In a new interview with Mike Allen of Axios, Facebook CEO Mark Zuckerberg defended the social media platform from accusations of being a “right-wing echo chamber,” explained why the site doesn’t treat anti-vaccination content the same way it treats COVID-19 misinformation, and contemplated whether history will look back on the company as “an accelerant of social destruction.” But contrary to what Zuckerberg said, Facebook is a right-wing echo chamber, even if he doesn’t like that characterization.
During the most recent episode of Axios on HBO, host Mike Allen confronted Zuckerberg with some uncomfortable truths about what sort of content is currently thriving on his platform. Zuckerberg’s counter-argument was not especially strong.
MIKE ALLEN (HOST): President Obama very effectively leveraged Facebook for two elections, but now that’s flipped. And Facebook, the reality is, is a real right-wing echo chamber. If you look at some of the loudest voices on Facebook, it’s your Breitbart, and it’s Sarah Palin, and it’s Franklin Graham, and that part of the spectrum has figured out Facebook in this moment. Your liberal friends must hate it.
MARK ZUCKERBERG (FACEBOOK CEO): Well, look, I think your characterization, frankly, is just wrong. I don’t think that the service is a right-wing echo chamber, to use your words. I think that everyone can use their voice and can find media that they trust that reflects the opinions and the life experiences that they’re having. Some people, I think, had found before that their experiences weren’t being covered by traditional media and now are able to find voices and follow them that resonate more with their life experience. It’s not clear to me that that’s a bad thing. But look, I mean, the stories that get the most reach on a day-to-day basis are the same things that people talk about in the mainstream. They’re not highly partisan political issues. It’s just meaningful news that’s happening on a day-to-day basis.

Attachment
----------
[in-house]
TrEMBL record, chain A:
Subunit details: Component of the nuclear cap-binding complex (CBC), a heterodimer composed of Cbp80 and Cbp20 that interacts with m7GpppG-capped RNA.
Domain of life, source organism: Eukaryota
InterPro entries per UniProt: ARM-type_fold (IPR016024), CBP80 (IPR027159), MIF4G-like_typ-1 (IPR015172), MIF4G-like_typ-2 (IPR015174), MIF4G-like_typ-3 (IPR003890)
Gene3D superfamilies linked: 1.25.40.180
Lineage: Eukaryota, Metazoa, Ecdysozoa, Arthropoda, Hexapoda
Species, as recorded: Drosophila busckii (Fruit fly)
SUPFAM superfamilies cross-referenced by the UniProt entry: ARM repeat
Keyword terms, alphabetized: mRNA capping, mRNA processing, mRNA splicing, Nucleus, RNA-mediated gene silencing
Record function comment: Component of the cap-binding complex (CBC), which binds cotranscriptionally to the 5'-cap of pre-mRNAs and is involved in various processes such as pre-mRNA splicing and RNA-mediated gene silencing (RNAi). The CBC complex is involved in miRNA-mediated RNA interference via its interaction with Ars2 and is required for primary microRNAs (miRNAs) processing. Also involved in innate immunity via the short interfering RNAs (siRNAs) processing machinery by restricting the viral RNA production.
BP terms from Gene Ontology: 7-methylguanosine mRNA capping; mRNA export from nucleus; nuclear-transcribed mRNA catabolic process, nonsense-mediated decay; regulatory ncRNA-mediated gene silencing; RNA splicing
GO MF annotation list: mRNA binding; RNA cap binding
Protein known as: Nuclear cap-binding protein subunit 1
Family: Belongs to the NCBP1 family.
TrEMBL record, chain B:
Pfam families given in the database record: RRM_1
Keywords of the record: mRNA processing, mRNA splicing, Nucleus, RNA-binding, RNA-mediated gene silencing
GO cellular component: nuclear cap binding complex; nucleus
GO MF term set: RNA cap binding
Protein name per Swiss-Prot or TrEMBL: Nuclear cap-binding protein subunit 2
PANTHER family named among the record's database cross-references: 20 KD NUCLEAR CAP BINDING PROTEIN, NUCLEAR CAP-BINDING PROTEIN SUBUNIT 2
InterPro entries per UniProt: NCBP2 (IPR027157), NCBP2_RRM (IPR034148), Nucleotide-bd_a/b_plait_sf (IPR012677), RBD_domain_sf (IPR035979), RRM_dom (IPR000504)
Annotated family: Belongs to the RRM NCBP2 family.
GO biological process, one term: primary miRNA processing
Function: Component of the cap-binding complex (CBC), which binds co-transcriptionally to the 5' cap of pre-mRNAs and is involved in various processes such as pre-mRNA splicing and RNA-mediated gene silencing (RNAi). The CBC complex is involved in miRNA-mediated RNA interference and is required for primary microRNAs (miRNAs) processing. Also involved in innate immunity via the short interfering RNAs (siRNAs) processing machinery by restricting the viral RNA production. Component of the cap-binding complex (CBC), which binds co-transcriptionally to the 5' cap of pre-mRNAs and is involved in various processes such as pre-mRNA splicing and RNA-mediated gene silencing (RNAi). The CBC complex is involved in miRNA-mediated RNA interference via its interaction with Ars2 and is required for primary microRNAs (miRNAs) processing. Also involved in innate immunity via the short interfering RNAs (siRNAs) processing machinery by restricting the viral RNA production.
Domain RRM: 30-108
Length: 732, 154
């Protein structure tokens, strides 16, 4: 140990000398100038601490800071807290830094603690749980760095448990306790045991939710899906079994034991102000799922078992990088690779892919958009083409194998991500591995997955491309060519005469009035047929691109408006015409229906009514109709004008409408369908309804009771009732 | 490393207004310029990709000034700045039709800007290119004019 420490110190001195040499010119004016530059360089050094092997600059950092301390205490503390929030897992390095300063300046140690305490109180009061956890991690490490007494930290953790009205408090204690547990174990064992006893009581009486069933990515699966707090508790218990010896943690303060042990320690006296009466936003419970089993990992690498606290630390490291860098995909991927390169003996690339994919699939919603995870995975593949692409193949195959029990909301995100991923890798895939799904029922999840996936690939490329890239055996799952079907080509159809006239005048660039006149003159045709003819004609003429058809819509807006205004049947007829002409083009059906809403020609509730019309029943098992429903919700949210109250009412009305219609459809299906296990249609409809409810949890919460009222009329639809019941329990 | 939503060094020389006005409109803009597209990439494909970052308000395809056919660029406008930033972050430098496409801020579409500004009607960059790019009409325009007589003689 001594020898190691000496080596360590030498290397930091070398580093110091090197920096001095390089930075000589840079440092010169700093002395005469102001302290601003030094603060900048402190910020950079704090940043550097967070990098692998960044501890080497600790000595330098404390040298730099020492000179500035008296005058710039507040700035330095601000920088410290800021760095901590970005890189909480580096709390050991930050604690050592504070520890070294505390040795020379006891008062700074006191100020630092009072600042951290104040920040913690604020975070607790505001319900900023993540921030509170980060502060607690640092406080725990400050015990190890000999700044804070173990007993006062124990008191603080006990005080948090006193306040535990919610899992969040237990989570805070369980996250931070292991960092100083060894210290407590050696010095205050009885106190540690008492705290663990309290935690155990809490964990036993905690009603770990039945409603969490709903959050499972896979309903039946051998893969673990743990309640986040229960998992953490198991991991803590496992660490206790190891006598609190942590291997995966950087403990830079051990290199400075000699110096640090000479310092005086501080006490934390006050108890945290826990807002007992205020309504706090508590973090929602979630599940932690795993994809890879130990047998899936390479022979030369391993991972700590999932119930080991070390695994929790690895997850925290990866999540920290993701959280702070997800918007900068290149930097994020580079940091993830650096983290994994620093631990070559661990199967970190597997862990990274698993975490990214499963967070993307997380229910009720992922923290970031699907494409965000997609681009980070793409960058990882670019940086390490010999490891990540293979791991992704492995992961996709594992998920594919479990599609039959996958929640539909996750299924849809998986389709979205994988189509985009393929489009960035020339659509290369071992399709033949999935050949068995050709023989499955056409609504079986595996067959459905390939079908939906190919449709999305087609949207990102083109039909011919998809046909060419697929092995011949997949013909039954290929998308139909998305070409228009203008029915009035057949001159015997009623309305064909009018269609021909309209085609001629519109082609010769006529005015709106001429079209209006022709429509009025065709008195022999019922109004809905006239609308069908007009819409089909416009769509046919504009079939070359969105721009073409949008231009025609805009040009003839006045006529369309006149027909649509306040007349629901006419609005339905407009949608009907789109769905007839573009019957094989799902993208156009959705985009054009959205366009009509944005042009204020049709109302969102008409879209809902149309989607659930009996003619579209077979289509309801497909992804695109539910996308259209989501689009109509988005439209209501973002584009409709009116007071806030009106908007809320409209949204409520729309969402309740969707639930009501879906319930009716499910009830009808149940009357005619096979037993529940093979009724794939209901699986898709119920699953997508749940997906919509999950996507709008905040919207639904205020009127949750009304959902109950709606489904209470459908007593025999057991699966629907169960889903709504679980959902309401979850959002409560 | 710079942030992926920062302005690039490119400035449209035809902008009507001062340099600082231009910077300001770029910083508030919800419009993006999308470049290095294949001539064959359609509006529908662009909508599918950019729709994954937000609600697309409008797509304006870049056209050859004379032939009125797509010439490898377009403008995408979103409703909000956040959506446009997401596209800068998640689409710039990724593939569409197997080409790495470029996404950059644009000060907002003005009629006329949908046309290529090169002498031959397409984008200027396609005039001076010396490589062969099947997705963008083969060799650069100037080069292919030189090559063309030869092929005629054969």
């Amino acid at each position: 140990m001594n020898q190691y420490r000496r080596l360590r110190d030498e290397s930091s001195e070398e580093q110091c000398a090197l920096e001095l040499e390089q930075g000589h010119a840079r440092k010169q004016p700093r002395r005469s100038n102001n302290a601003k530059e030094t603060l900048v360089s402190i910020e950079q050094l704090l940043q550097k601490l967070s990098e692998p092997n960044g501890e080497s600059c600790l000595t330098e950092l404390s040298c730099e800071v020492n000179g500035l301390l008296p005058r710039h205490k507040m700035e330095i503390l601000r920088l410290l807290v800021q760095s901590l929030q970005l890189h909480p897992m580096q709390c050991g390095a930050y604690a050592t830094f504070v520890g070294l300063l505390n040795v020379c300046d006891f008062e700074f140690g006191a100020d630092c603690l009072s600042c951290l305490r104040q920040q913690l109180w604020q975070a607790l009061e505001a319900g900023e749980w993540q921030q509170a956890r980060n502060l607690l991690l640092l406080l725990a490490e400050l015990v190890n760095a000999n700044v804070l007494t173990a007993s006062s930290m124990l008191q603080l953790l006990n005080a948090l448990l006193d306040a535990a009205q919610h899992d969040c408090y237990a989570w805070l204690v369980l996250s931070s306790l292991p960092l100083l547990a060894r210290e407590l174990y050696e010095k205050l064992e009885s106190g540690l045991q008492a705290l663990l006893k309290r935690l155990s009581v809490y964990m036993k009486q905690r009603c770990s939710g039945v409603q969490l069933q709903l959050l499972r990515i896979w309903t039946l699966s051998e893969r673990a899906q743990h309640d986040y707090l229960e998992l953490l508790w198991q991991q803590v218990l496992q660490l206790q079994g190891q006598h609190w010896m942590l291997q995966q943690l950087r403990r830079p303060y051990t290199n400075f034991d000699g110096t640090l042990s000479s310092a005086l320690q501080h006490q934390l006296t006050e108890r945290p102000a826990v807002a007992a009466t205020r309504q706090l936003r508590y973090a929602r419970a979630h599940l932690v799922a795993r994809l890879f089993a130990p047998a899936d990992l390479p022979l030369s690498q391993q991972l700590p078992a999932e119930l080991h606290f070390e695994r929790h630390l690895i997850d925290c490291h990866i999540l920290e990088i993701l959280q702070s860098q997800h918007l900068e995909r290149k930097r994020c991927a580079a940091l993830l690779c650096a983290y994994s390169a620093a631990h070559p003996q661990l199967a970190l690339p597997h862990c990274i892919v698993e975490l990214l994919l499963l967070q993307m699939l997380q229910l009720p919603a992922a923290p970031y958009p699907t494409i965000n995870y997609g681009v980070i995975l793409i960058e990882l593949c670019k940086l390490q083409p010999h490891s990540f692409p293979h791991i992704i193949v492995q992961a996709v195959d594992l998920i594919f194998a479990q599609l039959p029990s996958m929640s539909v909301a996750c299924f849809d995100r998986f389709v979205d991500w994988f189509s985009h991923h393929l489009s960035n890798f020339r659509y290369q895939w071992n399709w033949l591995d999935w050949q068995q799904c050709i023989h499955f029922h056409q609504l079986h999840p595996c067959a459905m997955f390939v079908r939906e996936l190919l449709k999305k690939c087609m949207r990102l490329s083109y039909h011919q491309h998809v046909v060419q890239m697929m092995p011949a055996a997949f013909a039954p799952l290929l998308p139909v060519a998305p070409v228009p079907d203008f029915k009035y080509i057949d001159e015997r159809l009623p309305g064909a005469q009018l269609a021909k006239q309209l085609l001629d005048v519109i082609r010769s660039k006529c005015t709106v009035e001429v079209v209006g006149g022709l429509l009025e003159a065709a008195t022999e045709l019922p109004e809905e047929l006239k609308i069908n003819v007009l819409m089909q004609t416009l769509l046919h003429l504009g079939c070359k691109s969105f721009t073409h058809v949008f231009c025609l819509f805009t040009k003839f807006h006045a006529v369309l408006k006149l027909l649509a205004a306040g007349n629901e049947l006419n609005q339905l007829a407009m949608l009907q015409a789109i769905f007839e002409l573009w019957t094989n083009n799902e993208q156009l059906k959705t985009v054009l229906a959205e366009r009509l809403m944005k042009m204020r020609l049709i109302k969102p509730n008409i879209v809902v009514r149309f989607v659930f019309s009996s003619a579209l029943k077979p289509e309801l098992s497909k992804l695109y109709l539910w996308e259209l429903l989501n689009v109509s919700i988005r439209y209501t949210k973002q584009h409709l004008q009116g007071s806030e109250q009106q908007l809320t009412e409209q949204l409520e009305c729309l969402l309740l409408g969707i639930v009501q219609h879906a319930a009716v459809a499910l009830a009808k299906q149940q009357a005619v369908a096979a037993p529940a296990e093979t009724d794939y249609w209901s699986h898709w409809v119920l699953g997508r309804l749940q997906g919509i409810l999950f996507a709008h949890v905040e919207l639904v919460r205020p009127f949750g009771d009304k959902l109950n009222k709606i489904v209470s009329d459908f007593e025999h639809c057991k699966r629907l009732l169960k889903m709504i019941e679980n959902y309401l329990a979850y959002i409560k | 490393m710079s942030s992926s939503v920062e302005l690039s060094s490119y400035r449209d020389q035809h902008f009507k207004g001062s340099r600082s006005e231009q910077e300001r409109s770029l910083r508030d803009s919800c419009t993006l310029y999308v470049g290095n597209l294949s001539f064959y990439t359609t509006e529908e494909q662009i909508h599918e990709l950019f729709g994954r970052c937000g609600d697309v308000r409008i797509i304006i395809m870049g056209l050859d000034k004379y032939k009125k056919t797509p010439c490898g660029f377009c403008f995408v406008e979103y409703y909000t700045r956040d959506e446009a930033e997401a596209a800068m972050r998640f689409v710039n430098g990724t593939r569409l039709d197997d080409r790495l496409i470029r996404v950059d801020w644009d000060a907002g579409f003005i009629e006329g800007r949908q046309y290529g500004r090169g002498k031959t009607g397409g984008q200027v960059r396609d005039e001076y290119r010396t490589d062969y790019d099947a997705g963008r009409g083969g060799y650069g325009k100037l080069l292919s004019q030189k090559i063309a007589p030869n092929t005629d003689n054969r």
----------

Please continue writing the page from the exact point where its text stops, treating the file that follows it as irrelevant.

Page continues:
But Zuckerberg’s denial that the platform presents “highly partisan” stories in a right-wing media echo chamber is simply false. New York Times technology columnist Kevin Roose has been documenting Facebook’s best-performing content. Day after day, the results tell a tough truth: Facebook is overflowing with right-wing content.
Since July 2018, Media Matters has published multiple studies countering claims that conservatives were somehow being censored on Facebook, finding each time that the opposite was actually the case. In fact, Axios itself reported in September 2019 that tech companies have secret data showing that conservative pages outperform liberal ones.
Media Matters’ coverage illustrates just how much of a right-wing echo chamber Facebook has become.
- In August, Media Matters published a 19-month timeline of Facebook’s failures and reported that a pro-Trump PAC was being allowed to run hundreds of ads lying about Democratic nominee Joe Biden’s policy positions. Facebook also refused to take action for months on a manipulated video made to look like Biden was introducing a singer in blackface.